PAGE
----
The page load time of a site is one of the things that distinguish a well ran professional website from amateur/failing site. It’s thus also a way for Developers to showcase their experience by creating a fast loading quality site.
One of the ways to instantly improve the site performance beside caching, proper compression of images, and using CDN (content delivery network), is to use reduce the number of http requests made. Even milliseconds matter and they add up, every individual request is a carries a lot of wasted overhead that is needed to establish a request. Among these can be dns lookup, protocols handshake, headers exchange and so on.
What is a spritesheet?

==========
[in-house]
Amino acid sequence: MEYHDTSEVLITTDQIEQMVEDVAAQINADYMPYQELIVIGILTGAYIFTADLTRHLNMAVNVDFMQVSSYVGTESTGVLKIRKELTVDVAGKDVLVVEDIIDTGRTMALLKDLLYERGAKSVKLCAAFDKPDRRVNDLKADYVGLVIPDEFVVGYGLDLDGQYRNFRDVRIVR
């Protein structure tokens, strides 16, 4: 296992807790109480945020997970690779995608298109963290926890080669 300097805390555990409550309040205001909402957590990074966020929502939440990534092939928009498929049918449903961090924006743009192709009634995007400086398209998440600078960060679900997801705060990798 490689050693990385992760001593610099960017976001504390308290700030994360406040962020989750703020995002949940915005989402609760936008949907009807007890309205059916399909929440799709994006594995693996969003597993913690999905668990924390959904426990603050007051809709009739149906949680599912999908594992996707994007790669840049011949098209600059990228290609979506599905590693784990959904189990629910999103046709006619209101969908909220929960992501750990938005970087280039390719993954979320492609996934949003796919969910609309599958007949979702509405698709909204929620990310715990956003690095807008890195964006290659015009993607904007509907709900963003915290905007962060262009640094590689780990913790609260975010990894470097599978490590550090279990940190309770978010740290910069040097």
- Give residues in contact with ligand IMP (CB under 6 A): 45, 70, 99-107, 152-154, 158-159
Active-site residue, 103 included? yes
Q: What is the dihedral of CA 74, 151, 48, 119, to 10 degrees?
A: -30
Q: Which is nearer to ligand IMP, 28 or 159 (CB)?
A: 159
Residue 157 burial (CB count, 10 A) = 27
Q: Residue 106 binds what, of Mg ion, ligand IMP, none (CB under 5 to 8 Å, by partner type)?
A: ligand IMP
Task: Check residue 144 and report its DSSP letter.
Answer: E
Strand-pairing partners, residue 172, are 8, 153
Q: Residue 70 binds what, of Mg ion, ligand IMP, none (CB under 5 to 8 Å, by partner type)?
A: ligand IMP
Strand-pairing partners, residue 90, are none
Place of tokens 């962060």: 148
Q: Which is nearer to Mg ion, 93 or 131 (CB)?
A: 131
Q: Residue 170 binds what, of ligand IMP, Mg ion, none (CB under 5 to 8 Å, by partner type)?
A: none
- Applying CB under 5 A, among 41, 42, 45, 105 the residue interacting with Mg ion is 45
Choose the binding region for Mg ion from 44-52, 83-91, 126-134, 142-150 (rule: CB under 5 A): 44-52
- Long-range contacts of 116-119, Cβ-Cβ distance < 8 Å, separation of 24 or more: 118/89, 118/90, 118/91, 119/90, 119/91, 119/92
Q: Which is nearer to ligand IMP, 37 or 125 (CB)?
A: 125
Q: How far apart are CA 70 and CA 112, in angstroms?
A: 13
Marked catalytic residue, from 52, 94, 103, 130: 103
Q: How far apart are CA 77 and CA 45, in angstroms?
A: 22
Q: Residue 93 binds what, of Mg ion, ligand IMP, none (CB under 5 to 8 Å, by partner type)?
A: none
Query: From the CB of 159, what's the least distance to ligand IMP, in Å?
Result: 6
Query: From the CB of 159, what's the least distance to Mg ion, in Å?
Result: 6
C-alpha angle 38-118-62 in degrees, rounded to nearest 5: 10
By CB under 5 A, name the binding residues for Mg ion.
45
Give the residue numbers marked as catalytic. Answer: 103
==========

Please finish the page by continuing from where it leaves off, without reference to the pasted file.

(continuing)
The Spritesheet is the perfect way to reduce number of requests made for images. The Spritesheet is term borrowed from gaming industry. Where game developer would take all the game graphics into one big picture and then use it by copying and cropping to show only specific parts. Additionally, If timed properly spritesheets can be and are used for animation purposes.
Some Examples of Spritesheets
Early Games’ Examples
This would allow Game Developers not only reduce file size, io operations, but also animate more easily. For example take this image:
I have made jsfiddle that uses this image and iterate over them making it look like an animation.
First Create all assets as normally you would, then once you are done creating and compressing images you can replace all you image tags with divs and set their background image to div. Usually there are task runners that take care of this.
You can manually create do all of it, but I won’t advice it at all.
Disadvantages & Alternatives
You can’t use img tag, which could cause conflicts. Alternatively you could also use data uri for image instead of url.
Increased complexity of an app.